Roy Harper – Folkjokeopus (1969)

Roy Harper – Folkjokeopus (1969)

Eccentric, prolific British singer/songwriter Roy Harper is a legend on the U.K. folk-rock scene. He began recording in the late 1960s, as something of a cross between Bob Dylan’s troubadourism and Syd Barrett’s freewheeling, wild-eyed visions. Though Harper has had an impact on British rockers who gained greater fame (he’s feted in Led Zeppelin’s “Hats Off To Roy Harper,” sings lead on Pink Floyd’s “Have a Cigar,” and was a major influence on Jethro Tull), his mix of folk and prog-rock has earned him a niche all his own in the pantheon of British songwriters.


1. Sgt.Sunshine
2. She’s the one
3. In the time of water
4. Composer of life
5. One for all
6. Exercising some control
7. McGoohan’s blues
8. Manana

Roy Harper – Folkjokeopus (1969)

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19 Responses

  1. musicgnome says:

    Harper was introduced me via online friends whom educate me on a daily basis on all things musical and wonderful. Picked up his album, Stormcock, which is ABSOLUTELY wonderful.

  2. Rahsaan57 says:

    Check out “Bullinamingvase” if
    you get the chance – it’s exc.

  3. Anonymous says:


    As I listen to Limbus 4, I must say, you rule!! Exceptional taste and an introduction to some terrific stuff. Recently picked up Harper’s “Flat, Baroque and Beserk” and highly recommend it to those who enjoy this one. Roy at his most Dylan-esque but with even more venom if that is possible.


  4. Anonymous says:


    Very nice stuff. Cheers

  5. Donno says:

    Excellent album!! I don’t think Harper ever made a bad album, he’s definately a one-off. All I need now is the album that has the track Come Out Fighting Ghengis Smith or whatever it was called 🙂

  6. gammon says:

    What an excellent album, it’s hard to pin down quite who his voice reminds me of.


  7. Anonymous says:

    nice mix between experimental and folk rock.

  8. McOrbit says:

    You people should check Harpers Lifemask, there is this one long track called Lords Prayer (or something), very intense stuff…

  9. Anonymous says:

    I saw Roy at many gigs in the late 60’s and its good to be reminded of how excellent he was!


  10. Hazy Dave says:

    I’m mainly familiar with Roy’s “When An Old Cricketer Leaves The Crease” though I’ve heard a bit more of his output less frequently. Seems like he’s talented enough to have been a bigger star, but perhaps he was just as popular as he wanted to be.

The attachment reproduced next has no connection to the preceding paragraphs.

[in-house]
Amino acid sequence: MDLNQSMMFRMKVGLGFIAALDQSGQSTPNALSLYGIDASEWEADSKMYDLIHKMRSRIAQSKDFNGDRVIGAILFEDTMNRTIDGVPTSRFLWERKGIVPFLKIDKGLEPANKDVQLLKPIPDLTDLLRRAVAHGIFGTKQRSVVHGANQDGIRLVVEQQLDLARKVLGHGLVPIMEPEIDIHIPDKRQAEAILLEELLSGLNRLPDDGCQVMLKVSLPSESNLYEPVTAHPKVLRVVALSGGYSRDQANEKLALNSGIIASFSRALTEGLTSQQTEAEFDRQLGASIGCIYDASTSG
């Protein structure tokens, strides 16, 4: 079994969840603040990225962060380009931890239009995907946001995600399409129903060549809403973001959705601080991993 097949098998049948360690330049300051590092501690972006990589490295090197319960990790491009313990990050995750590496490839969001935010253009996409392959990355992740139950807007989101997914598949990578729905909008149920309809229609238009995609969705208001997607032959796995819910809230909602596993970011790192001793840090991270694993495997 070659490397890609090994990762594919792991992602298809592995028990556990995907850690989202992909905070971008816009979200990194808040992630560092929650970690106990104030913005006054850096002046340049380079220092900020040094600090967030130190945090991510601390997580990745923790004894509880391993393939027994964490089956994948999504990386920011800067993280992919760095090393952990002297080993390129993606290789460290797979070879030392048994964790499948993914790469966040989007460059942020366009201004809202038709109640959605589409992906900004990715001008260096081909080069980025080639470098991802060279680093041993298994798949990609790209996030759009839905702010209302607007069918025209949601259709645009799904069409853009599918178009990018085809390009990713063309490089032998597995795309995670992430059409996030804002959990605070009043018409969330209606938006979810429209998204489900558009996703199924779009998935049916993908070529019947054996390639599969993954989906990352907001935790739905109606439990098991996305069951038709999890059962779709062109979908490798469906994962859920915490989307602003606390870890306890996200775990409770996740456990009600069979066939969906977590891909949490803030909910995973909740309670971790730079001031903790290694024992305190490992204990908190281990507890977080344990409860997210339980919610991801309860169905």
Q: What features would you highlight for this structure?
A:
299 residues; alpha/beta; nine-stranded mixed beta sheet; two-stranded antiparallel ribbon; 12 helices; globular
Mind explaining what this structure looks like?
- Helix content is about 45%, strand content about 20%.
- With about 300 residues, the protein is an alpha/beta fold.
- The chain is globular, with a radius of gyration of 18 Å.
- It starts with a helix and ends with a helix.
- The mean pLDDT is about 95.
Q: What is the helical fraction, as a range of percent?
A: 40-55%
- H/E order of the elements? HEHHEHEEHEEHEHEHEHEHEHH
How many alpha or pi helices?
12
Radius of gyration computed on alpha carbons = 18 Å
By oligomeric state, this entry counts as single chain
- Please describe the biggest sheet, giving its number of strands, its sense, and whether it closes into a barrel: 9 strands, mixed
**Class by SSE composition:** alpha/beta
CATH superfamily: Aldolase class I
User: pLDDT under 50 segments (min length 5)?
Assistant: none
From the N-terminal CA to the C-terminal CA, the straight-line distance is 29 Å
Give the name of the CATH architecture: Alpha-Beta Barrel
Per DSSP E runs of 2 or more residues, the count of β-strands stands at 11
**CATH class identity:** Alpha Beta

11. Anonymous says:


  12. happydog says:

    all Harper’s albums are classics

  13. sorbus says:

    The Reason for Beautiful Roy`s Lack of Stardom was He kept Checking Himself as In Patient to Mental Hospitals Unlike The Equally Talented Late Syd Barret. Harper seemed to be able to maintain control. Listen to his Diatribe against Apartheid “I Hate The WhiteMan” “MacGoohans Blues” by The Way is about Harpers Take on The Cult Series “The Prisoner” Patrick MacGoohan being The Actor playing The Title Role
    Touch of Weirdness No Harper fan I know Has The Album “Come Out Fighting Genghis Smith” if anyone can place it Hereabouts My Cup of Gratefulness would Overflow
    Now This Album contains One of The Greatest Hippie Lovesongs Ever
    “She`s The One” but with his Usual
    Ambiguity The Person singing is Not The Husband but could it be “The Lover”????
    Only Roy Harper and possibly The Lady Know and neither are sayin` anything.

  14. Great reviews. Could you also provide the Label info for your posts.

  15. hevisto says:

    surely the single most talented English singer/songwriter

  16. Jenerator says:

    My dad introduced me to the wonderful music of Roy when I was an embryo!
    If you like Roy or indeed any late 60`s uk folk rock should also check out Michael Chapman`s Fully qualified survivor featuring a pre Bowie Mick Ronson. It`s in my(and John Peel`s)opinion one of the greatest lp`s ever made!
    Please check it out!

  17. Anonymous says:

    we used to go see Roy and we would always roll him a spliff and take it to the stage for him, he is by far one of the greats, my love, thomas

  18. Anonymous says:

    I’d add that Harper also might have influenced John Lennon. A couple of the tracks on 1970’s Flat Baroque and Beserk contain elements that are echoed in John Lennon Plastic Ono Band. I’d have to check to see which album came out first, though, but I suspect Harper’s did.

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